Reporting violations of the GNU GPL

I would emphasize that violations of the GNU GPL are a very serious matter, and it is everyone's responsibility to respond to them and seek to have them corrected.

That said, 99% of the time it's just the result of ignorance. Many times, people see "GNU GPL" and think "I can use it for free". While this is true, many people just don't realize that if they *redistribute* the program they must be sure to follow the GNU GPL.

Whenever companies contact me and ask if they can distribute a copy of FreeDOS with their commercial/proprietary product, I always respond in the same way: yes you can include a copy of FreeDOS (usually they mean the kernel, but sometimes they mean FreeCOM and/or other FreeDOS utilities), but you must be sure to follow the GNU GPL.

When you email anyone to complain, you may want to use something like the following. Edit to suit the situation.

The GNU GPL has this provision for redistribution:

3. You may copy and distribute the Program (or a work based on it, under Section 2) in object code or executable form under the terms of Sections 1 and 2 above provided that you also do one of the following:

a) Accompany it with the complete corresponding machine-readable source code, which must be distributed under the terms of Sections 1 and 2 above on a medium customarily used for software interchange; or,

b) Accompany it with a written offer, valid for at least three years, to give any third party, for a charge no more than your cost of physically performing source distribution, a complete machine-readable copy of the corresponding source code, to be distributed under the terms of Sections 1 and 2 above on a medium customarily used for software interchange; or,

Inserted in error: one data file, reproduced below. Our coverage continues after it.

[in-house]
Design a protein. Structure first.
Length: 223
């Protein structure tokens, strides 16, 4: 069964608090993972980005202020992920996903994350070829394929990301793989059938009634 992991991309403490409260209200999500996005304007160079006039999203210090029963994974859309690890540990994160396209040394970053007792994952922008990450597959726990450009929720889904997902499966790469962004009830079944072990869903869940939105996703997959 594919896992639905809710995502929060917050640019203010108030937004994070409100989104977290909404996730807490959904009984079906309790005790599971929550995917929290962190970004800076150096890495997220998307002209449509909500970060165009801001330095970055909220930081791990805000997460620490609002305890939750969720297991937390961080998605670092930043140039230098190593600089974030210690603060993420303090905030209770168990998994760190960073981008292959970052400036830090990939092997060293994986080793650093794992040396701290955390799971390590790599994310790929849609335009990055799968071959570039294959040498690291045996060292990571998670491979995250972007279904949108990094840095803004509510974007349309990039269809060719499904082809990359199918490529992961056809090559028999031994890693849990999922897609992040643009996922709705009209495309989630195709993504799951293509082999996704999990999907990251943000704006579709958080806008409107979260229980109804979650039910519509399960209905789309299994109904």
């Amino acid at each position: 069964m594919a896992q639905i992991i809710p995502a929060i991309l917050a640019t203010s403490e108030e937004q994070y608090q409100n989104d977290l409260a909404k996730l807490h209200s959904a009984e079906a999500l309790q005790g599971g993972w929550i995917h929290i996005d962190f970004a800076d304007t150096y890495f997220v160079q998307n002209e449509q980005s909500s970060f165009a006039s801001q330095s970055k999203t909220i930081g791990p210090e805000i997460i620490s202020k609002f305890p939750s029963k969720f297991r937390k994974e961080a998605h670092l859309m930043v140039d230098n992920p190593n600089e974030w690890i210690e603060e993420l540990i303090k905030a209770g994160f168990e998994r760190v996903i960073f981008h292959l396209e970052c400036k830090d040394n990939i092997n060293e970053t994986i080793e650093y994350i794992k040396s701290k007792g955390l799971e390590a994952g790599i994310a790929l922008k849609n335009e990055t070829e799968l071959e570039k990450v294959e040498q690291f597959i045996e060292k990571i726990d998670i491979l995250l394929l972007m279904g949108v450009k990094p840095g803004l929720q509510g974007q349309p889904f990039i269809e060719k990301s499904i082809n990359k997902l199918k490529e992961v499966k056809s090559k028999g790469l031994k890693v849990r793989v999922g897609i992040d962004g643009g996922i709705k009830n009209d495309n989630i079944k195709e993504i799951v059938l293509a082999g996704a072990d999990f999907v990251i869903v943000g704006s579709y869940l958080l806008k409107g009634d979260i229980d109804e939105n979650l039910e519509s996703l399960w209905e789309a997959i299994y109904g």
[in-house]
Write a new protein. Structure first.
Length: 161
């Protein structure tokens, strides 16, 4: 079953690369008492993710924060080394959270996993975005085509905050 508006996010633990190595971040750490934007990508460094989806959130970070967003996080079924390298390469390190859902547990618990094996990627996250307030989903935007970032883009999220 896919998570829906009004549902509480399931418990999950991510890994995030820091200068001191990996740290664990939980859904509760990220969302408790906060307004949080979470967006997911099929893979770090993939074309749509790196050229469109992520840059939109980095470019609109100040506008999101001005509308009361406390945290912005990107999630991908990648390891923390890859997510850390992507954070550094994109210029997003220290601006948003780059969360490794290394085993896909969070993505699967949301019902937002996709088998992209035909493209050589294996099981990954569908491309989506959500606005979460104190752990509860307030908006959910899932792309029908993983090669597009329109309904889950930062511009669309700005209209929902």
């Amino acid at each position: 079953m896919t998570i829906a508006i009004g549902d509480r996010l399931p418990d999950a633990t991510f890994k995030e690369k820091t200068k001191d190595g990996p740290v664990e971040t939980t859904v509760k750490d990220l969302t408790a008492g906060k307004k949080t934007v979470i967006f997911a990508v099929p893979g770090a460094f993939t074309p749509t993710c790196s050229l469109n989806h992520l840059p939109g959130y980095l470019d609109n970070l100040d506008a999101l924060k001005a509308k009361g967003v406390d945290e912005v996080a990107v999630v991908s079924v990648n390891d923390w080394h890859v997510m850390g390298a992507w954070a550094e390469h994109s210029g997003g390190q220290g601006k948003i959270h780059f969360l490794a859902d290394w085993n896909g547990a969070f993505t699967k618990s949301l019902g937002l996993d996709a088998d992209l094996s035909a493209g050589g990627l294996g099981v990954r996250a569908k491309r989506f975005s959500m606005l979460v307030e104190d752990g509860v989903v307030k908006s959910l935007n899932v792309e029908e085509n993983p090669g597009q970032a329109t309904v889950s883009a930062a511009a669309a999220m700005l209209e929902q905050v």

c) Accompany it with the information you received as to the offer to distribute corresponding source code. (This alternative is allowed only for noncommercial distribution and only if you received the program in object code or executable form with such an offer, in accord with Subsection b above.)

Of course, if you are selling a bundled product at a profit, 3c does not apply.

What most companies usually do when distributing FreeDOS with their product is do both 3a and 3b, when possible, even though only one is required. Using this shotgun approach makes sure that you are covered. In any case, it usually doesn't involve any effort.

What I usually recommend is to include on the CD-ROM a copy of the source code to the FreeDOS kernel that you used. This meets 3a, and most CD-ROM distributions (for example, driver disks, distribution media, ...) have lots of spare space anyway. But the FreeDOS kernel source doesn't take very much space. This should meet 3a.

If you cannot include a copy of the FreeDOS kernel source with your product, I would recommend making a statement in your printed or on-line help and/or documentation that makes special note that the FreeDOS kernel is distributed under the GNU GPL, and direct them to an area on your web site to download a copy of source code to the kernel that you used. Of course, many people also modify this somewhat, to use a statement something like "this software uses the FreeDOS kernel, which is distributed under the terms of the GNU GPL. You can download a copy of the source code to the FreeDOS kernel that we used from our web site at http://www.company.com/support/files/freedos/kernel.zip or request a copy of the source code in writing to {address} or get the most recent copy at the FreeDOS web site at http://www.freedos.org." This should meet 3b.

For more information, I would direct you to the GNU GPL page http://www.gnu.org/copyleft/gpl.html on the GNU web site.

Of course, I am not a lawyer, so you will want to be sure to review the GNU GPL with legal counsel.

For more information, please also read Violations of the GPL, LGPL, and GFDL (http://www.gnu.org/licenses/gpl-violation.html) on the GNU web site.

Thanks,

-jh